A community for students.

Here's the question you clicked on:

55 members online
  • 0 replying
  • 0 viewing

vera_ewing

  • one year ago

Math question

  • This Question is Closed
  1. vera_ewing
    • one year ago
    Best Response
    You've already chosen the best response.
    Medals 0

  2. Michele_Laino
    • one year ago
    Best Response
    You've already chosen the best response.
    Medals 1

    since: \[ - 1 \leqslant \cos \left( {4x + \pi } \right) \leqslant 1\] then we can write: \[3 \leqslant - 3\cos \left( {4x + \pi } \right) + 6 \leqslant 9\] so the requested amplitude is \[A = \frac{{9 - 3}}{2} = 3\]

  3. Michele_Laino
    • one year ago
    Best Response
    You've already chosen the best response.
    Medals 1

    for period T, we can write this: \[\begin{gathered} \cos \left( {4x + \pi } \right) = \cos \left( {4x} \right)\cos \pi - \sin \left( {4x} \right)\sin \pi = \hfill \\ \hfill \\ = - \cos \left( {4x} \right) \hfill \\ \end{gathered} \] so our function becomes: \[f\left( x \right) = 3\cos \left( {4x} \right) + 6\]

  4. Michele_Laino
    • one year ago
    Best Response
    You've already chosen the best response.
    Medals 1

    now, if we make this change of variable: \[y = 4x\] then our function becomes: \[f\left( y \right) = 3\cos \left( y \right) + 6\] As you can know, the period of that function is \[T = 2\pi \] So what can you conclude?

  5. Michele_Laino
    • one year ago
    Best Response
    You've already chosen the best response.
    Medals 1

    oops..as you well know...

  6. Michele_Laino
    • one year ago
    Best Response
    You've already chosen the best response.
    Medals 1

    @vera_ewing

  7. Michele_Laino
    • one year ago
    Best Response
    You've already chosen the best response.
    Medals 1

    the amplitude of a periodic function, has to be always positive

  8. Michele_Laino
    • one year ago
    Best Response
    You've already chosen the best response.
    Medals 1

    since the cos(x) function is such that: -1 </ cos(x) </ 1, here </ stands for "less or equal to" then we can write: 3</ f(x) </ 9 so the amplitude is: A=(9-3)/2=...?

  9. Michele_Laino
    • one year ago
    Best Response
    You've already chosen the best response.
    Medals 1

    furthermore, if we make this change of variable: 4x=y, then we can rewrite your fuunction as follows: f(x)=3*cos(4x)+6, and therefore: f(y) = 3 cos(y)+6 the period of that function is T= 2*pi, so what can you conclude?

  10. Michele_Laino
    • one year ago
    Best Response
    You've already chosen the best response.
    Medals 1

    I'm sorry, I can not give the direct answer, since I have to respect the Code of Conduct

  11. Michele_Laino
    • one year ago
    Best Response
    You've already chosen the best response.
    Medals 1

    I think that option D is a wrong answer!

  12. Michele_Laino
    • one year ago
    Best Response
    You've already chosen the best response.
    Medals 1

    the period can not be 2*pi, since as I wrote before, if we use this substitution: y=4x then your function as a function of y has period = 2*pi, whereas as function of x has the period equal to: (2*pi)/4=...?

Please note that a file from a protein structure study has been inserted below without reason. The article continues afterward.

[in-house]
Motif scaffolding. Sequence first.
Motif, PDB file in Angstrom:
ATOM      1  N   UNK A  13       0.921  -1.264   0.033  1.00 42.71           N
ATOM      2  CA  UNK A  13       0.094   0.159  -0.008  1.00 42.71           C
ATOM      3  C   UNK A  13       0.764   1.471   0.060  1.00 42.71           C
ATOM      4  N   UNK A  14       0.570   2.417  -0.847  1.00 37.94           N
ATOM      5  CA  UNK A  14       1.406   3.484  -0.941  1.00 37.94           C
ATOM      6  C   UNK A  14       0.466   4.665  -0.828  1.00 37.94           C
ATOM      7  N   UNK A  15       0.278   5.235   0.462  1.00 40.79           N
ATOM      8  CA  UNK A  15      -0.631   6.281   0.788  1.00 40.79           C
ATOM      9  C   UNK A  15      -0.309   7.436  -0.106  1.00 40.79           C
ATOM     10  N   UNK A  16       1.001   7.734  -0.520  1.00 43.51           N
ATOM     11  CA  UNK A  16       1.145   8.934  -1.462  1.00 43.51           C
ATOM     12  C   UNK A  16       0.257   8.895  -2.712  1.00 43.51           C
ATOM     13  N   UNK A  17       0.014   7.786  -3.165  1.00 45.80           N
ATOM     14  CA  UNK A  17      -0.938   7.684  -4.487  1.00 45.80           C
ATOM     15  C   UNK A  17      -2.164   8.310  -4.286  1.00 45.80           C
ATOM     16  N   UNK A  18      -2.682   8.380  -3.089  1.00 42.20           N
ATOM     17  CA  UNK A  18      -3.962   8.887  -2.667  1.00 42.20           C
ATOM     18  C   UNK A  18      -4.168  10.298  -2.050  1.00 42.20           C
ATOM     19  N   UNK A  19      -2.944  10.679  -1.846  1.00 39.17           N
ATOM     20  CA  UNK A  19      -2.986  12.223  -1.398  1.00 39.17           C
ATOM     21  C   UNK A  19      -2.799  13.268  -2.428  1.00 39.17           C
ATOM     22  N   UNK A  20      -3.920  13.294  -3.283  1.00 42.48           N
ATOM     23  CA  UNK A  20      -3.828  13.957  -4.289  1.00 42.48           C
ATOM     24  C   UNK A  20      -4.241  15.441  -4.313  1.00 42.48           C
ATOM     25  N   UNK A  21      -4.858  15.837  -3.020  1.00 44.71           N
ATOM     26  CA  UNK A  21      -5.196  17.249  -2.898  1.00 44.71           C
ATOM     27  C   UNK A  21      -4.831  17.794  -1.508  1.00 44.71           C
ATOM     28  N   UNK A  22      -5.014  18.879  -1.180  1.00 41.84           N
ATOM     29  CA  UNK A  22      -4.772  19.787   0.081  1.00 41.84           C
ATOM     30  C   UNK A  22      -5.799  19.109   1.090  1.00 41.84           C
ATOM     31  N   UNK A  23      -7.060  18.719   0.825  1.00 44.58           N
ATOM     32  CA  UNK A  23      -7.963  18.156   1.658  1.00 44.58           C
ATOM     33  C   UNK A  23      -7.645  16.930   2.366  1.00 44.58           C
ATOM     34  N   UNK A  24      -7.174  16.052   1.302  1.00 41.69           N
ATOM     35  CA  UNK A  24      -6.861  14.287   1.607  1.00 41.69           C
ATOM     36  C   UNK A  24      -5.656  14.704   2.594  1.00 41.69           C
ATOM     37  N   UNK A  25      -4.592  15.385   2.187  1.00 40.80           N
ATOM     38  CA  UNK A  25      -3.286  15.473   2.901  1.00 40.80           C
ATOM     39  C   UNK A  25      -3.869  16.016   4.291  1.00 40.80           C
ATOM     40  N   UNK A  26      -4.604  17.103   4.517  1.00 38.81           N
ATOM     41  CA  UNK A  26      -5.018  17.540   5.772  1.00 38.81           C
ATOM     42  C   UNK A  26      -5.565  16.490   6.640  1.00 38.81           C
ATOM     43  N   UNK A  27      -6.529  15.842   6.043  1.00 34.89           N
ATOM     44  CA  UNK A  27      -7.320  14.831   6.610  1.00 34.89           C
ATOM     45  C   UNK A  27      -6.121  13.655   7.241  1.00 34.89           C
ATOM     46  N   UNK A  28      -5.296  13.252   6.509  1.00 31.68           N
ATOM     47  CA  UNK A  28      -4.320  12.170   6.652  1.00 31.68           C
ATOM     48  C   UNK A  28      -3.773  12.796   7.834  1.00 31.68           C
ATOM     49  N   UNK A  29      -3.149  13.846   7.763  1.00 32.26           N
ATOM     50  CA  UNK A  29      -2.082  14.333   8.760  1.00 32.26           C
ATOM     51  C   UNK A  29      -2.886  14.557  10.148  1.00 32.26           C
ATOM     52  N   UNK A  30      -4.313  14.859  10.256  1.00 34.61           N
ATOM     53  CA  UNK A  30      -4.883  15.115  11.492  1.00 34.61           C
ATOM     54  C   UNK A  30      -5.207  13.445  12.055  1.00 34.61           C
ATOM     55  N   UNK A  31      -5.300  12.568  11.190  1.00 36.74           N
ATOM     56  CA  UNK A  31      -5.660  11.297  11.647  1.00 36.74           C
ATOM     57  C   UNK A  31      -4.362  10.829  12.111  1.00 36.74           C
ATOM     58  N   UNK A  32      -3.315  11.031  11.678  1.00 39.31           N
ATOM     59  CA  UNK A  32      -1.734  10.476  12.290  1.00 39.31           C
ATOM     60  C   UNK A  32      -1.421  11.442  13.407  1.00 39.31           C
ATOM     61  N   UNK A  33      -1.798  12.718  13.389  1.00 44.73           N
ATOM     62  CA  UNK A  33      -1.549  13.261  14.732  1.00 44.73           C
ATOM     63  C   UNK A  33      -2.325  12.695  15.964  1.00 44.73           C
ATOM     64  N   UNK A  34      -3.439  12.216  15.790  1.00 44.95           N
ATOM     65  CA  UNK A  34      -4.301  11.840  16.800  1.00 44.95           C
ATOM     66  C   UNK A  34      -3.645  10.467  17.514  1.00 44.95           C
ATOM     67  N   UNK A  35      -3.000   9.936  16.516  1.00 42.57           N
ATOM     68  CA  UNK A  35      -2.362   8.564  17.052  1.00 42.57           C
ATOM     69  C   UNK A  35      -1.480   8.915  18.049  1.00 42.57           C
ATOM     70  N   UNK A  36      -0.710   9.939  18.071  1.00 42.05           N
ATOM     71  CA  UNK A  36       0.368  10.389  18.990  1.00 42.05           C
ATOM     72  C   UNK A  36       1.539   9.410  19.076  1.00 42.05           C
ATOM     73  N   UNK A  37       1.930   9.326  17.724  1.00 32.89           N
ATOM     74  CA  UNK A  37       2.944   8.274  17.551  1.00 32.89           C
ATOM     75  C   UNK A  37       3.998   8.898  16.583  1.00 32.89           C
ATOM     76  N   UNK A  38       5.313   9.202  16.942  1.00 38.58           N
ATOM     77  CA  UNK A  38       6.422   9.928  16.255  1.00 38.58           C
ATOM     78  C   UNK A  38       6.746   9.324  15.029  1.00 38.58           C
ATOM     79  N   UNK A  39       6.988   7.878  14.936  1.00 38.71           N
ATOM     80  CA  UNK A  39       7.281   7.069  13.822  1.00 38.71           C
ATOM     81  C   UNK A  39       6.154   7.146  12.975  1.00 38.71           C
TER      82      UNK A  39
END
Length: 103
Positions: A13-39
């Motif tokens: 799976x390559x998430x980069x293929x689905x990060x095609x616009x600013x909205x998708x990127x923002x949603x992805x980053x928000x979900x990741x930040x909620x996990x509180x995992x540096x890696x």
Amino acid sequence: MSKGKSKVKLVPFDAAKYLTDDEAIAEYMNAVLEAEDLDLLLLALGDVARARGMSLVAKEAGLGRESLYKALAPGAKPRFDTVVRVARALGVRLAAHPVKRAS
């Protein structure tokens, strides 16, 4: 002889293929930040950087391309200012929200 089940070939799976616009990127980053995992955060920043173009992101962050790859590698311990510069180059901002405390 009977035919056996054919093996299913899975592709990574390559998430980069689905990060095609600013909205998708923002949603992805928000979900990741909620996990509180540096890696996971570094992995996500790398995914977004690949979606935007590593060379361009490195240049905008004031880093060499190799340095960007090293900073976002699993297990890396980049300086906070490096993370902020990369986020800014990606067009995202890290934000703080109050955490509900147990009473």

13. vera_ewing
    • one year ago
    Best Response
    You've already chosen the best response.
    Medals 0

    1.57

  14. Michele_Laino
    • one year ago
    Best Response
    You've already chosen the best response.
    Medals 1

    better is pi/2

  15. Michele_Laino
    • one year ago
    Best Response
    You've already chosen the best response.
    Medals 1

    now using the same substitution, we have these correspondences: x--->y/4 and therefore: pi---> pi/4 so what can you conclude about the phase shift?

  16. vera_ewing
    • one year ago
    Best Response
    You've already chosen the best response.
    Medals 0

    The phase shift is x=pi/4 ?

  17. Michele_Laino
    • one year ago
    Best Response
    You've already chosen the best response.
    Medals 1

    the phase shift is a relative quantity, so we can assume taht it is - pi/4

  18. Michele_Laino
    • one year ago
    Best Response
    You've already chosen the best response.
    Medals 1

    that*

  19. vera_ewing
    • one year ago
    Best Response
    You've already chosen the best response.
    Medals 0

    Oh so the answer is A!

  20. Michele_Laino
    • one year ago
    Best Response
    You've already chosen the best response.
    Medals 1

    yes!

  21. vera_ewing
    • one year ago
    Best Response
    You've already chosen the best response.
    Medals 0

    Michele thank you so much! :)

  22. Michele_Laino
    • one year ago
    Best Response
    You've already chosen the best response.
    Medals 1

    :)

  23. Not the answer you are looking for?
    Search for more explanations.

    • Attachments:

Ask your own question

Sign Up
Find more explanations on OpenStudy
Privacy Policy

Your question is ready. Sign up for free to start getting answers.

spraguer (Moderator)
5 → View Detailed Profile

is replying to Can someone tell me what button the professor is hitting...

23

  • Teamwork 19 Teammate
  • Problem Solving 19 Hero
  • You have blocked this person.
  • ✔ You're a fan Checking fan status...

Thanks for being so helpful in mathematics. If you are getting quality help, make sure you spread the word about OpenStudy.

This is the testimonial you wrote.
You haven't written a testimonial for Owlfred.